Where the Second Vatican Council and Modern Architecture Converge

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St. Francis de Sales, Oakland, CA, (ca. 1970)

The history of the cathedral of the Diocese of Oakland is instructive for understanding the early influence of the Second Vatican Council on the subsequent design of many Catholic churches. The recently-installed bishop of Oakland at the time, His Excellency Floyd Begin, the Diocese’ first bishop, had attended every session of the Council and returned in 1964 determined to renovate the existing cathedral, built in 1893, rather than spend a large sum on of money on a new one.

INFLUENCE OF THE SECOND VATICAN COUNCIL

St. Francis de Sales became known as the “…first cathedral in the United States to be completely remodeled according to the liturgical spirit of the Second Vatican Council”. (All quotations herein are from: Jeffrey M. Burns and Mary Carmen Bautista, We are the Church: A History of the Diocese of Oakland. Strasbourg: Editions du Singe, 2001). The enthusiastic bishop had a bold plan for remodeling the Cathedral:

“With the priest now facing the people, the bishop found the venerable stained glass windows behind the alter distracting. ‘The rather colorful windows in the sanctuary impeded the vision of the service, just like the headlights of an oncoming car do.’ The stained glass windows were covered over by redwood paneling. The interior was whitewashed and the exterior was painted in a creme color [it was red brick]. The alter rail was removed as were all the statues, except for that of Jesus. In sum, the remodeled building followed Vatican II directives and created ‘…an atmosphere conducive to participation, worship, and prayer.'”

The Cathedral interior before the renovation:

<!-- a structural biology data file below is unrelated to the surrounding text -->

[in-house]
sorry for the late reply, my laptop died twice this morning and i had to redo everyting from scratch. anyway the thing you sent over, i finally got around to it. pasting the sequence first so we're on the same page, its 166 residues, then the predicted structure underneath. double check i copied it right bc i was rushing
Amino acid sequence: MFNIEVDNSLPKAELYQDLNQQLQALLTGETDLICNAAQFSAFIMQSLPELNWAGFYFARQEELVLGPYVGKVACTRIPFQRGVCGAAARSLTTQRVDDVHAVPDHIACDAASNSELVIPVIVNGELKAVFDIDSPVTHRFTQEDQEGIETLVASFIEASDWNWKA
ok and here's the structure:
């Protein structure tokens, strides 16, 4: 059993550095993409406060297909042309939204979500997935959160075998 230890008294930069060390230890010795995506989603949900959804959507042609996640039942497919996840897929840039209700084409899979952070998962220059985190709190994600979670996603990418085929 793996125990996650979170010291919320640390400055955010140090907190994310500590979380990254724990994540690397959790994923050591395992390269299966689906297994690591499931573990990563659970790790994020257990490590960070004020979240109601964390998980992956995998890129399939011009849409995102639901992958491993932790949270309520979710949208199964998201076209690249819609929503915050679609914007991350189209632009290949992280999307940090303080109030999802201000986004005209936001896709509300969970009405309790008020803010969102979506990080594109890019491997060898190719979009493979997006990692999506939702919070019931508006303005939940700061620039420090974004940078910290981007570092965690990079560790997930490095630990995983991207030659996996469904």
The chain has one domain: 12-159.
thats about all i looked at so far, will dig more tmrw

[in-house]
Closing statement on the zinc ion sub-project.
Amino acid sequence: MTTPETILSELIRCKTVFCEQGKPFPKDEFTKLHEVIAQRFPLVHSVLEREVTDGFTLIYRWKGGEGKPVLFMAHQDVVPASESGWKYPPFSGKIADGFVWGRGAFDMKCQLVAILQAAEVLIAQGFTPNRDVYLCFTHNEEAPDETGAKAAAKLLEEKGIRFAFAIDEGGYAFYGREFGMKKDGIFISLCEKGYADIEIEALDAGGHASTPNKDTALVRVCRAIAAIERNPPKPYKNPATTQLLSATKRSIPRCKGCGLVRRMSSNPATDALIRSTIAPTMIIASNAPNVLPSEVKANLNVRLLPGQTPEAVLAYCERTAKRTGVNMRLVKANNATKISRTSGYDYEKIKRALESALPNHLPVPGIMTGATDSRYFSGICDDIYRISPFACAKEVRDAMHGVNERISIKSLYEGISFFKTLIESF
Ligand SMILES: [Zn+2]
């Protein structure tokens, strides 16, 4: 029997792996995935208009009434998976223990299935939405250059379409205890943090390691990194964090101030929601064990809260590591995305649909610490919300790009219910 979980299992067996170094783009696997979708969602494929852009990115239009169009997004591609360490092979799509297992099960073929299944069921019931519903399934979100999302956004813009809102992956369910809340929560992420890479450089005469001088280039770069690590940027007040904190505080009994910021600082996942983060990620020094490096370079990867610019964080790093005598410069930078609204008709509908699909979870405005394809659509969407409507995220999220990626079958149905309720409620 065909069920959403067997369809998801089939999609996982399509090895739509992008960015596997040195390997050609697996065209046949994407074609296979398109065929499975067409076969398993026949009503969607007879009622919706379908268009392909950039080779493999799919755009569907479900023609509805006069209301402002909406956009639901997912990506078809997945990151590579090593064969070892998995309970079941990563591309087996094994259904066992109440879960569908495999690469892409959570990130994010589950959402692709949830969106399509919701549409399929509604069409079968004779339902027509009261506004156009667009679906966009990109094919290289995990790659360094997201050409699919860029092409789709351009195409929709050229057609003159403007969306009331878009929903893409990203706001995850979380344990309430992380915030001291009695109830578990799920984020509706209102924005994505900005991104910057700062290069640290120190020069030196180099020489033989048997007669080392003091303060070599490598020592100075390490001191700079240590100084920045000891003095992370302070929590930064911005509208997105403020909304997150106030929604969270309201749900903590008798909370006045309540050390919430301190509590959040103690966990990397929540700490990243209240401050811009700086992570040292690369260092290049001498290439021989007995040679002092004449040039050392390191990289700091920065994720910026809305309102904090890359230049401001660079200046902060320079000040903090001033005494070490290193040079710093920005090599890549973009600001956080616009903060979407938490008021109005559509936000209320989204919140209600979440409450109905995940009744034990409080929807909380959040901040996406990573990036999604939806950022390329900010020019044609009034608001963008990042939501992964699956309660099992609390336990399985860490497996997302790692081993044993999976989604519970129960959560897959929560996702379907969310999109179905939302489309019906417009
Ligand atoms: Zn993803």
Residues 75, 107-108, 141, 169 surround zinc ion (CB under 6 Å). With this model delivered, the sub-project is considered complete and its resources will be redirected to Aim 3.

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The Cathedral interior after the renovation:

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The new altar:

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Types, Symbols, and the Nativity Story

Biblical typology is the study of words, events, symbols, etc. that have a broader meaning then their immediate literary context. Numbers connected to events are the most common types found in the Bible;  there were forty days of rain, forty years in the Sinai wilderness, forty days fasting in the desert etc.. It tells us that these events are connected or somehow foreshadow each other. Other important numbers include 1, 3, 7, 8, and 12.

Probably the best book on the subject is The Bible and the Liturgy by Jean Danielou. He looks into the Bible for events that foreshadow Catholic liturgy. One example he explores is the narrative of the flood and how it foreshadowed baptism. The ark going through the noahwater represented the purification of mankind just as for those being baptized, water represents purification from original sin.

Also, he points out that the number of people on the ark is eight, the number that represents the new creation, the eighth day. Sunday is considered the eighth day as the day of Christ’s resurrection. (Danielou makes an interesting observation that there is no record of any dissent by Jewish Christians in the first century when they made Sunday rather than Saturday the day of worship). This is why in most Catholic churches the baptismal fonts are octagonal (at least at the time he wrote the book — 1956). Baptism removes the stain of original sin enabling a new creation.

Continue reading “Types, Symbols, and the Nativity Story”